Naturally, PKF is gearing up to promote the island among investors prepared to participate in the transformation of the maritime sector as a mini-Aberdeen.

Malta is well-placed in the centre of the Mediterranean, to service other offshore operators using its natural harbours and revamped maritime facilities to generate extra revenues. Add to this the renewed interest by government not to leave any stone unturned to kickstart oil and gas exploration, one can augur that the future is bright.

Regardless, of our future vision as an oil-producing nation one is mindful of past failures when drilling for oil. Certainly nobody can blame the man in the street for displaying a high level of cynicism on the chances of a lucky strike this time around. Yet, hope springs eternal when considering that the latest seismic study on offshore Area 4 which comprises four contiguous license blocks in the southern offshore area, are encouraging.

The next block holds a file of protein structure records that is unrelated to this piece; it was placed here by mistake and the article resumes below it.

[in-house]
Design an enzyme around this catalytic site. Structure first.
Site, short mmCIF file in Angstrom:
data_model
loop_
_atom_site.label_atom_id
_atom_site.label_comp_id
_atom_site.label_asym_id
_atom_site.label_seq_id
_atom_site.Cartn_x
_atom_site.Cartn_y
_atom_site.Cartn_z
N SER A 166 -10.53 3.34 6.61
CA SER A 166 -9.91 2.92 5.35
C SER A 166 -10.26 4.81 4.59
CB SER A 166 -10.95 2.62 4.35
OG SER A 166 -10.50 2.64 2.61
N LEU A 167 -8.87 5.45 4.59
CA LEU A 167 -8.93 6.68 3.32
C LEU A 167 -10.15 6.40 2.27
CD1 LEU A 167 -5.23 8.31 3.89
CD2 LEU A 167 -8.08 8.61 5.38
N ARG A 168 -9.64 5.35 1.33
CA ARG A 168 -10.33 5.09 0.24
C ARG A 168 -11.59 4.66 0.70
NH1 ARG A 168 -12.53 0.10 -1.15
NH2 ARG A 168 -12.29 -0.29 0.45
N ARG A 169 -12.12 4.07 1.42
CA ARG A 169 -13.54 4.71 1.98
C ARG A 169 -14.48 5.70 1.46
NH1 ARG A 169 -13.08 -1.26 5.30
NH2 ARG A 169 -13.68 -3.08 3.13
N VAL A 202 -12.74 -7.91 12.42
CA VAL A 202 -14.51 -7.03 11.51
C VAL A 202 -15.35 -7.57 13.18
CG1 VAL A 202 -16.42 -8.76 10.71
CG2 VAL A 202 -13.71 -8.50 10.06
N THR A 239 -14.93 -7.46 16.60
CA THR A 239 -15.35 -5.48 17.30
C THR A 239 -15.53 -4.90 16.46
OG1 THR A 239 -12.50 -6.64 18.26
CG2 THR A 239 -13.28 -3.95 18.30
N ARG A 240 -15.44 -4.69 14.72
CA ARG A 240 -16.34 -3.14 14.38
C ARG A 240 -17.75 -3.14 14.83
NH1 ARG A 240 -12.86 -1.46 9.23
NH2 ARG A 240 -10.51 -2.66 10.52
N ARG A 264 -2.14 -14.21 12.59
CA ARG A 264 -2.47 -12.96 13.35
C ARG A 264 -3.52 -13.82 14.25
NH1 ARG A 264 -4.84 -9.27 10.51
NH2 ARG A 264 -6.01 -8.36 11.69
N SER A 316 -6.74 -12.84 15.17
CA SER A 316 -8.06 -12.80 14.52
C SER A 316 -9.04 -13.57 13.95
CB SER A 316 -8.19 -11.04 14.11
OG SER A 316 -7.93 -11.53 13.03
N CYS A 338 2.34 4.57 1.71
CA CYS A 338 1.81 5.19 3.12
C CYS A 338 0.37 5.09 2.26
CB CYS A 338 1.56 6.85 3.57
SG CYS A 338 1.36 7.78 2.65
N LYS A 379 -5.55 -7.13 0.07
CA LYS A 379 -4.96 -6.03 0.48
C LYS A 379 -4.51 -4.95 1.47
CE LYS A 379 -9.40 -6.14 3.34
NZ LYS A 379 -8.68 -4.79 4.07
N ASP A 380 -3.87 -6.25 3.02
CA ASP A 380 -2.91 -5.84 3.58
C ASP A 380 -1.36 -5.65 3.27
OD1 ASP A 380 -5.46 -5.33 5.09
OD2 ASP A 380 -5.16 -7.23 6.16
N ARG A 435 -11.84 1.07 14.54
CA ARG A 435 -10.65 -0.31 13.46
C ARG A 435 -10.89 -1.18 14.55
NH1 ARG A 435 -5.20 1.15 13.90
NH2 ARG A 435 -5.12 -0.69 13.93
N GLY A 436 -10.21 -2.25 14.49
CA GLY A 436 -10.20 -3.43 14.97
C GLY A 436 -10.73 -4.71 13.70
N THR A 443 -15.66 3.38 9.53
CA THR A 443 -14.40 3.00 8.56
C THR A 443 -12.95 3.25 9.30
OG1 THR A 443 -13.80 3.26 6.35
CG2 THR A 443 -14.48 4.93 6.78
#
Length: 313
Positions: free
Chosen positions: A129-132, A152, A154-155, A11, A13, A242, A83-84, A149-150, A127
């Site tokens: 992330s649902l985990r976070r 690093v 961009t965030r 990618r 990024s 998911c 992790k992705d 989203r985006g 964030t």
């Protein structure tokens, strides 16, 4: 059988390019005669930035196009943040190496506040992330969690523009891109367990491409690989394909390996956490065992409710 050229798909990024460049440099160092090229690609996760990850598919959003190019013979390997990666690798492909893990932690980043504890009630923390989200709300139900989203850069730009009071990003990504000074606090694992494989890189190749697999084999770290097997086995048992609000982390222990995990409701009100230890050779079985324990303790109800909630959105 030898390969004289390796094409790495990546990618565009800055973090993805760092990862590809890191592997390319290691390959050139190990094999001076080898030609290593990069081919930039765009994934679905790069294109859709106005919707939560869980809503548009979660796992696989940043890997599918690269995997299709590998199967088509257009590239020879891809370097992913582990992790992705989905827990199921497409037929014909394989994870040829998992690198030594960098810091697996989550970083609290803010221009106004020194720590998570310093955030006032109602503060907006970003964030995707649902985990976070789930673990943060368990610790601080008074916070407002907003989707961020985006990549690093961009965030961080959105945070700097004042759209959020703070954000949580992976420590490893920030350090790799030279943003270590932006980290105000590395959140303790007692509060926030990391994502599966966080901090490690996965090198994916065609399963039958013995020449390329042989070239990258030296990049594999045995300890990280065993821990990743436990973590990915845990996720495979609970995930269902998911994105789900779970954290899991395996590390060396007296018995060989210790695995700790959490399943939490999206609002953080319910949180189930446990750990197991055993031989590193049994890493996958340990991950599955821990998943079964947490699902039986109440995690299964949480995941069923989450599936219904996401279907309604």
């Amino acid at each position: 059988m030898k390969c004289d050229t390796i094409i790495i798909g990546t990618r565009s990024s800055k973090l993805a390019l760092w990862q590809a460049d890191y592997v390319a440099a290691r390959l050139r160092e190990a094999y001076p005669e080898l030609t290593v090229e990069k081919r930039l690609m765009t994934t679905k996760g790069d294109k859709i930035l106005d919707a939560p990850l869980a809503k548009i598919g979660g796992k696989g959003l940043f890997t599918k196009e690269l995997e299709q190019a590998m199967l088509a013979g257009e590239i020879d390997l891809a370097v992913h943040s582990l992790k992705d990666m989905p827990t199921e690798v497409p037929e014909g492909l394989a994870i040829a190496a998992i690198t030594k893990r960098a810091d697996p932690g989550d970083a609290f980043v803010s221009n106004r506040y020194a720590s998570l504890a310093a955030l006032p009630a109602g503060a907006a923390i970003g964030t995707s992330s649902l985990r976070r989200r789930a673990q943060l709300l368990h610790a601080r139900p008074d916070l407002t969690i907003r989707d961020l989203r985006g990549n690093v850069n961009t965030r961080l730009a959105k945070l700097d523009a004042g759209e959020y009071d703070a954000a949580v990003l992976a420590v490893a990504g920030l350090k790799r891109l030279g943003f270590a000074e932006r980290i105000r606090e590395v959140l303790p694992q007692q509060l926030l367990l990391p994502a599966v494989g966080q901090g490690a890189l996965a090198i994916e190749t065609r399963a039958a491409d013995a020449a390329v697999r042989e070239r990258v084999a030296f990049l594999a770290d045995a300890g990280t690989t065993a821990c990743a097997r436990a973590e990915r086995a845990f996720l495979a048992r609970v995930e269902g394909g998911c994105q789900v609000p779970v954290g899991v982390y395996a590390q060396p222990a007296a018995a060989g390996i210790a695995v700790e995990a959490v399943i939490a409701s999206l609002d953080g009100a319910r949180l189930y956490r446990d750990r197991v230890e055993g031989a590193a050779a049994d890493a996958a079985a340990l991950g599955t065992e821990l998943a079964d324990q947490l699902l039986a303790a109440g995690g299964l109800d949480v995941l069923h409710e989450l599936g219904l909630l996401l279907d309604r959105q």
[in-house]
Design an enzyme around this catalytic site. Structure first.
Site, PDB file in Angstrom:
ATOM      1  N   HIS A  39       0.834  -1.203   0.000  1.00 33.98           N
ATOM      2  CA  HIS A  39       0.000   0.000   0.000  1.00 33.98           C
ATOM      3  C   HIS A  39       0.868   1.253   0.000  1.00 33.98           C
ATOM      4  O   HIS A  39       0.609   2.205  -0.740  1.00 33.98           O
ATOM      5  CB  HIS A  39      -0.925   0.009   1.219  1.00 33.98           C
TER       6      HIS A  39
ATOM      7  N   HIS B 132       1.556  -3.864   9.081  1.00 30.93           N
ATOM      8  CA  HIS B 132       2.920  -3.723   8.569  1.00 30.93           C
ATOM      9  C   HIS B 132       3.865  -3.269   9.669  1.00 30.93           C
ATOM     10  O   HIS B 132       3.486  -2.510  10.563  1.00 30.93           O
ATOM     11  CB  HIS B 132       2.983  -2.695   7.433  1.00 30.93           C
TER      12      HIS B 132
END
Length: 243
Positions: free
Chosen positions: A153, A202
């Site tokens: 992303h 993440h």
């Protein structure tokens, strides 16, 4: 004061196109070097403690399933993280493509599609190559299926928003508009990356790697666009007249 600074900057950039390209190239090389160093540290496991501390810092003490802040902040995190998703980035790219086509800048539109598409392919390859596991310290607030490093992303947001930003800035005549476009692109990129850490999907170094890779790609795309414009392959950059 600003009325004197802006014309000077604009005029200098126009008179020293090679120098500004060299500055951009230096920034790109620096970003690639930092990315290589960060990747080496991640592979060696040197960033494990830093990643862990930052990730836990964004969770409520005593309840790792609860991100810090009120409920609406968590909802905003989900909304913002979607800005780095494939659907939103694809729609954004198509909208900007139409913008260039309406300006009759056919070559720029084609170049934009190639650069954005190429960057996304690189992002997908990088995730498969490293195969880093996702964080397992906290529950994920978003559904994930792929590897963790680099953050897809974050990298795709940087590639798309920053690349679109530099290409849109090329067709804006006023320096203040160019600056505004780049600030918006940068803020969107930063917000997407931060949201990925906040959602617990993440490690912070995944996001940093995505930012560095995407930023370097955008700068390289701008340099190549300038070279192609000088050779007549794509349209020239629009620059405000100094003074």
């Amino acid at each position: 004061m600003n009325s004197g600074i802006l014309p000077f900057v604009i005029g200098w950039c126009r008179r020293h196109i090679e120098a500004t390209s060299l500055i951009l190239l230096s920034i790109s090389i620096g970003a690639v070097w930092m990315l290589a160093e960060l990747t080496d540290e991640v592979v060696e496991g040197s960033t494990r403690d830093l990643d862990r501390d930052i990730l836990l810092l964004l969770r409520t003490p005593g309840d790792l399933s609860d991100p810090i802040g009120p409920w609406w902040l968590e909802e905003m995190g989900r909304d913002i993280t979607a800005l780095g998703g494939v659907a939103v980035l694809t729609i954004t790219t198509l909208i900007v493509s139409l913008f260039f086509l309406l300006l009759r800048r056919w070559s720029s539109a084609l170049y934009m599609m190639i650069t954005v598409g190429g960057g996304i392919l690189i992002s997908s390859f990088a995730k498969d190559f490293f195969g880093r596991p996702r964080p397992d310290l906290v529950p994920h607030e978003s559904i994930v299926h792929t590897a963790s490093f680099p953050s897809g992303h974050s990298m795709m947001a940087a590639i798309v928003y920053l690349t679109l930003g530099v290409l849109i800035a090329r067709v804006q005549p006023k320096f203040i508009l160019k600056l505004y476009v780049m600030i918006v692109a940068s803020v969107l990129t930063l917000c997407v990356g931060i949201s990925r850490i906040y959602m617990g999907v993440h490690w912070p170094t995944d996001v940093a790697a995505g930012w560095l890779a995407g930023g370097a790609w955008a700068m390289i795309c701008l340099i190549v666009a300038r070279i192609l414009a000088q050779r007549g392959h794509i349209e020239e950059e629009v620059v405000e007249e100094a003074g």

The study covers an interpretation of a 390 sqr miles long-offset 3D which was concluded three years ago. The good news is that the Area 4 is not part of any contestation by neighboring countries and the acreage contains mature prospects analogous to proven plays in the Libyan Sirte basin, and field analogues in Tunisia.

According to media reports, the latest interpretation shows prospective oil resources of about 300 million barrels. One area, nicknamed 'Hagar Qim', could hold as much as 130-200 million barrels recoverable and is expected to take approximately 60 days to drill this year to depths of 2,500 metres.

Moreover, according to trained geologist Dr Peter Gatt the issue needs to be scientifically assessed in the light of new facts and improved drilling technology. Quoted in MaltaToday, he said, "There is no reason to believe that Malta doesn't have its own oil reserves. In fact, the indications I have seen suggest the opposite."